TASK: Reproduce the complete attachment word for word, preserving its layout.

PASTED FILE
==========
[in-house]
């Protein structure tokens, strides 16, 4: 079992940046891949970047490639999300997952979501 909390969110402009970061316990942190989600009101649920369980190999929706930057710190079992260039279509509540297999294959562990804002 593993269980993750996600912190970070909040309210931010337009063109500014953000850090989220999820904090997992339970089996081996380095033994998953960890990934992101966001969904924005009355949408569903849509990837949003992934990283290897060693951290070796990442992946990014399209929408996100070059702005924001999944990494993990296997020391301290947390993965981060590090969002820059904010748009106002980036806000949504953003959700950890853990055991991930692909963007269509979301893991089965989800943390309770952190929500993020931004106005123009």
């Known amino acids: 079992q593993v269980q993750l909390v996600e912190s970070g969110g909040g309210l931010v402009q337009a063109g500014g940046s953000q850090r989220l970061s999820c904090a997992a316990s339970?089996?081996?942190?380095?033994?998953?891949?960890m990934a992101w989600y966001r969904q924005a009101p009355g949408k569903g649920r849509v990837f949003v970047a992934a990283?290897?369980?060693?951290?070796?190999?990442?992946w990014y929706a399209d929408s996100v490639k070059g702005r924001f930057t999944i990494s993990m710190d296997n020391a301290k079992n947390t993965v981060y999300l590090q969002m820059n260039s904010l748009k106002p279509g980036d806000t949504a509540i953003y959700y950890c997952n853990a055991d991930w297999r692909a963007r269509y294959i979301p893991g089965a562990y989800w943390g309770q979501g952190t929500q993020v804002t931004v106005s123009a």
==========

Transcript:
[in-house]
């Protein structure tokens, strides 16, 4: 079992940046891949970047490639999300997952979501 909390969110402009970061316990942190989600009101649920369980190999929706930057710190079992260039279509509540297999294959562990804002 593993269980993750996600912190970070909040309210931010337009063109500014953000850090989220999820904090997992339970089996081996380095033994998953960890990934992101966001969904924005009355949408569903849509990837949003992934990283290897060693951290070796990442992946990014399209929408996100070059702005924001999944990494993990296997020391301290947390993965981060590090969002820059904010748009106002980036806000949504953003959700950890853990055991991930692909963007269509979301893991089965989800943390309770952190929500993020931004106005123009």
């Known amino acids: 079992q593993v269980q993750l909390v996600e912190s970070g969110g909040g309210l931010v402009q337009a063109g500014g940046s953000q850090r989220l970061s999820c904090a997992a316990s339970?089996?081996?942190?380095?033994?998953?891949?960890m990934a992101w989600y966001r969904q924005a009101p009355g949408k569903g649920r849509v990837f949003v970047a992934a990283?290897?369980?060693?951290?070796?190999?990442?992946w990014y929706a399209d929408s996100v490639k070059g702005r924001f930057t999944i990494s993990m710190d296997n020391a301290k079992n947390t993965v981060y999300l590090q969002m820059n260039s904010l748009k106002p279509g980036d806000t949504a509540i953003y959700y950890c997952n853990a055991d991930w297999r692909a963007r269509y294959i979301p893991g089965a562990y989800w943390g309770q979501g952190t929500q993020v804002t931004v106005s123009a």